This study explores the relationship between Christian education and the construction of female gentility in East Asia around the turn of the twentieth century. Because American missionary schools played an important role in the region, notions of female gentility were greatly influenced by the cultural values of the American middle class and, more specifically, American liberal arts colleges. The notion of the “new gentlewoman” helps to illuminate modern Protestant womanhood’s ambiguous relationship with feminism and nationalism. Recognizing that the Protestant notion of “female gentility” was internally racialized, in this study, I also pay attention to the question of race. While the scope of my research spans East Asia, in this paper, I examine Christian education in China, focusing specifically on Yenching Women’s College. I compare the college’s educational goals and curricula to the pedagogy at the male college of Yenching, the governmental women’s college, and other female colleges in Japan and Korea. In this study, I approach East Asia as a whole for several reasons: first, because a broader view of the region helps put the Chinese case into perspective; second, because the region was often dealt with together in missionary work; and lastly, because national differences cannot be assumed to be more substantial than other differences, such as those based on gender, class, generation, period, and province. Full article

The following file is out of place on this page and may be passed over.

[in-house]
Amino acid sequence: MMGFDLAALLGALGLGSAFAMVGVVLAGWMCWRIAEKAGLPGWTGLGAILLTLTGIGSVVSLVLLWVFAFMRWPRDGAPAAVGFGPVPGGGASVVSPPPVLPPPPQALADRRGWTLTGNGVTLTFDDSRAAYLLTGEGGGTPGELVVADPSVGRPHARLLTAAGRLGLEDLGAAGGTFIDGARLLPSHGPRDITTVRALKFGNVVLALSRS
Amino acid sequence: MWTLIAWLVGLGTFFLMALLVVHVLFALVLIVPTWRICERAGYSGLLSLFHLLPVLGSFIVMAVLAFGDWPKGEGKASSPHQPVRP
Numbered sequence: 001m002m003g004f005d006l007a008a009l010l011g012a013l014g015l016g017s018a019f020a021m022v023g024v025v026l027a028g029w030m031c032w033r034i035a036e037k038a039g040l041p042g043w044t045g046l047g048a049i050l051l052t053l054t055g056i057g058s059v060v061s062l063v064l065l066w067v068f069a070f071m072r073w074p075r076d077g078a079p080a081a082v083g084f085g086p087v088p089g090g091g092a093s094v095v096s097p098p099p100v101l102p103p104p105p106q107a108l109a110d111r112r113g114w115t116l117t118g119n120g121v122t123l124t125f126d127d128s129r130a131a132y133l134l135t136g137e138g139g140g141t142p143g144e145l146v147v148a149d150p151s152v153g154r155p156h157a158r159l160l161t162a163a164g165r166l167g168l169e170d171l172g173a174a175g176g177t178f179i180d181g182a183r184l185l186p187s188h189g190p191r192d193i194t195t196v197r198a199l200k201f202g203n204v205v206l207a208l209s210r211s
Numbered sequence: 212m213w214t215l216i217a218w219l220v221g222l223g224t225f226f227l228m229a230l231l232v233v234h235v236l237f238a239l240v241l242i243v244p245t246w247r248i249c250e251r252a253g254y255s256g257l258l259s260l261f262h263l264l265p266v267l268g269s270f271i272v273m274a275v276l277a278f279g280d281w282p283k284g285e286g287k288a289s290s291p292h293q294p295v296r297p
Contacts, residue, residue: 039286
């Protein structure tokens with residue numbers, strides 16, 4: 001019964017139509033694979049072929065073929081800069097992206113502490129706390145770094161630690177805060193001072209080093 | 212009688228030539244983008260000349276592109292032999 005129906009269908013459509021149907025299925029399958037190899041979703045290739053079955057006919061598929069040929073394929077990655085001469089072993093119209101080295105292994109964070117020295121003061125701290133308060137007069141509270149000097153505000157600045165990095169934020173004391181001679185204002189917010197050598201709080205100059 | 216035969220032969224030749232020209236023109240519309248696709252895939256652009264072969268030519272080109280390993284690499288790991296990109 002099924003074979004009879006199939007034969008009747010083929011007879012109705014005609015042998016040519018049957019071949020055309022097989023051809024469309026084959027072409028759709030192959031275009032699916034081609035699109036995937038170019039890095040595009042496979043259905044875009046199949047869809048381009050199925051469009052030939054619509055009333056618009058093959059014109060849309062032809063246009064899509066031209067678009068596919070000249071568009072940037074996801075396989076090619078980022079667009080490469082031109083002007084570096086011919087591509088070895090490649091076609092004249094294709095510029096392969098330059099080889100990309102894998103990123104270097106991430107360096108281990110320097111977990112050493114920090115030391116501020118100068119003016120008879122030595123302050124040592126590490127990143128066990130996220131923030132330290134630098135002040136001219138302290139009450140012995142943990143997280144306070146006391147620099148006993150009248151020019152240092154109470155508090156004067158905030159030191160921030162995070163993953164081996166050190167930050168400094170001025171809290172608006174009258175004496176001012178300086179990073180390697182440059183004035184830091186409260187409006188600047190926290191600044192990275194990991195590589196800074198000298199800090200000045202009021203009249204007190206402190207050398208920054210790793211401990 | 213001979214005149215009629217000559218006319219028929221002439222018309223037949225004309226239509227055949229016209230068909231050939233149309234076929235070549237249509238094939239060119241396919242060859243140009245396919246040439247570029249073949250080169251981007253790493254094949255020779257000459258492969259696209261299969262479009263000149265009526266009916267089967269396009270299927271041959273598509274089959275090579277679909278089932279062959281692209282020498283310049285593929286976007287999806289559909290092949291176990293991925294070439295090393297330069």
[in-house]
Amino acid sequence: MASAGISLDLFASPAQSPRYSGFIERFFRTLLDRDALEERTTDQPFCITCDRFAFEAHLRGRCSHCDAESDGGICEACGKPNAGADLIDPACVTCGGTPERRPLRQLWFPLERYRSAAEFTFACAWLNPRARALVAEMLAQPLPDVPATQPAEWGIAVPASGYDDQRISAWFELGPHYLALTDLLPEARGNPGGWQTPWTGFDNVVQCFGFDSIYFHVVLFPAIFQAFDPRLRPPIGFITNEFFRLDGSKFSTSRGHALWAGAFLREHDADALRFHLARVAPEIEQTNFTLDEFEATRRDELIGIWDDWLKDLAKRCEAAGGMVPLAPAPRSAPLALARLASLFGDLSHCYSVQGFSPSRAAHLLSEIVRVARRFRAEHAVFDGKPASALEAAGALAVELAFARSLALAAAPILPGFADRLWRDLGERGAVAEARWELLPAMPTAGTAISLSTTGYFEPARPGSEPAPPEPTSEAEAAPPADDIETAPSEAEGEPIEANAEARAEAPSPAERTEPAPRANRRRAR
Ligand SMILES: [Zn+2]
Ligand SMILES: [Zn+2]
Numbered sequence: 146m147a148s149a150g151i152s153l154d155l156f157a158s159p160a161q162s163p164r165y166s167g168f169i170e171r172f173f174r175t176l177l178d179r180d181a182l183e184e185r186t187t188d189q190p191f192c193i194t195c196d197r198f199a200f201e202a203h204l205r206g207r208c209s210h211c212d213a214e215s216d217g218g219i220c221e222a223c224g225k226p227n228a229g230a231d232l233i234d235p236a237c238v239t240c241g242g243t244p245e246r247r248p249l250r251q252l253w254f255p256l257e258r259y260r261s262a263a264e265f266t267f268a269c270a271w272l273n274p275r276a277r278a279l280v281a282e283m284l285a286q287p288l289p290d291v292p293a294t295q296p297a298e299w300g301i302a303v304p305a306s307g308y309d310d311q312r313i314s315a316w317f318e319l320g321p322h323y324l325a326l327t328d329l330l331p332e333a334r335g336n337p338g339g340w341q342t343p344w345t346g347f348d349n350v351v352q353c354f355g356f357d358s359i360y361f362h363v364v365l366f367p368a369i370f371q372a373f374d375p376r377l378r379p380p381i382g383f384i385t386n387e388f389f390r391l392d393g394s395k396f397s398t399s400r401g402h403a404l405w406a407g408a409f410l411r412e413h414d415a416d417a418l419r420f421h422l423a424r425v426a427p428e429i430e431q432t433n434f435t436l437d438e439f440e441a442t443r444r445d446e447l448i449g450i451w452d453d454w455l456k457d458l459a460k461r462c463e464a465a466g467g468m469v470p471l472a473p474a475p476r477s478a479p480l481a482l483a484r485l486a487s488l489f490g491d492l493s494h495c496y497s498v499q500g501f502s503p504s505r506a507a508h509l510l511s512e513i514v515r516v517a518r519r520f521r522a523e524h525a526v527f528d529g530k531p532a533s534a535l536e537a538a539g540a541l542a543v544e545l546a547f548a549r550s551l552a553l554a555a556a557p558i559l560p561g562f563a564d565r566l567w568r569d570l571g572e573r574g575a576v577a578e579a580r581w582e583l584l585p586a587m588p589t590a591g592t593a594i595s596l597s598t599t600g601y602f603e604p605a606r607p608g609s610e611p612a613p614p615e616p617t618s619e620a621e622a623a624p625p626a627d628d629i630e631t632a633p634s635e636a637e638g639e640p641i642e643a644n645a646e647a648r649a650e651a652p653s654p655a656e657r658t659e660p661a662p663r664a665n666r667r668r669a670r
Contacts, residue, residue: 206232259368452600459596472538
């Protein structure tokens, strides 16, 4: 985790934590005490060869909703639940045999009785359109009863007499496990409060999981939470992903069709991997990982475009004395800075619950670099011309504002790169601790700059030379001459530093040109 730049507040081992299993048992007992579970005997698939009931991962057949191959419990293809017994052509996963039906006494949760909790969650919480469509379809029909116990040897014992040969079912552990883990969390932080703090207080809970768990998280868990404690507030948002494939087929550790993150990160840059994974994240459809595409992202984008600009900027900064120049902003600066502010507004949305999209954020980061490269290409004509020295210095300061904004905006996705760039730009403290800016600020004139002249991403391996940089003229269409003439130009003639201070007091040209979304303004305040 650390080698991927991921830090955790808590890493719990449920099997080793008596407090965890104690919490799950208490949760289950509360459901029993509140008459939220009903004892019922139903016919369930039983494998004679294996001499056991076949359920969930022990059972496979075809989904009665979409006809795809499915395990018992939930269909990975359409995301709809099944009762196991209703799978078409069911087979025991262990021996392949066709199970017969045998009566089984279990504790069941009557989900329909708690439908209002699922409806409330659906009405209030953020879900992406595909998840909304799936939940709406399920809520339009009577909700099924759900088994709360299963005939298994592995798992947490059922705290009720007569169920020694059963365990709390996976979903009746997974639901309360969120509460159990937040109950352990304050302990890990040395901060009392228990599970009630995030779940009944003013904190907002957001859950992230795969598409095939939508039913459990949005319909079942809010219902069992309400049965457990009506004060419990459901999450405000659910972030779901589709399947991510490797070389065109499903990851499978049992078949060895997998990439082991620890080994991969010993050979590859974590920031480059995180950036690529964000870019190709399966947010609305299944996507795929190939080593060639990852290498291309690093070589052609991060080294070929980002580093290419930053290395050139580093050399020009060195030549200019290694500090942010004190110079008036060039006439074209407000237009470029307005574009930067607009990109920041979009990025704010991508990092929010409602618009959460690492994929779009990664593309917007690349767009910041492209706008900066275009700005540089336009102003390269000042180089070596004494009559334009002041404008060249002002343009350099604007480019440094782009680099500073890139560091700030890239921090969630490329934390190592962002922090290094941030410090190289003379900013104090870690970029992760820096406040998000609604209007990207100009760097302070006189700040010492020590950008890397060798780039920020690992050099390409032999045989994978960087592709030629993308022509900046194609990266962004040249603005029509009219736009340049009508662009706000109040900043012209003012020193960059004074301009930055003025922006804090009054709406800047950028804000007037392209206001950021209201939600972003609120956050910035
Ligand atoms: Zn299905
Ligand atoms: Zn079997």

Open AccessArticle
Sustainable International Relations. Pope Francis’ Encyclical Laudato Si’ and the Planetary Implications of “Integral Ecology”
Religions 2019, 10(8), 466; https://doi.org/10.3390/rel10080466 - 05 Aug 2019
Cited by 1 | Viewed by 1338
Abstract
This paper analyzes the theoretical and pragmatic implications for international relations and world politics of the new holistic approach to climate change articulated by Pope Francis in the Encyclical Laudato Si’, particularly through the notion of “integral ecology”. It is not my [...] Read more.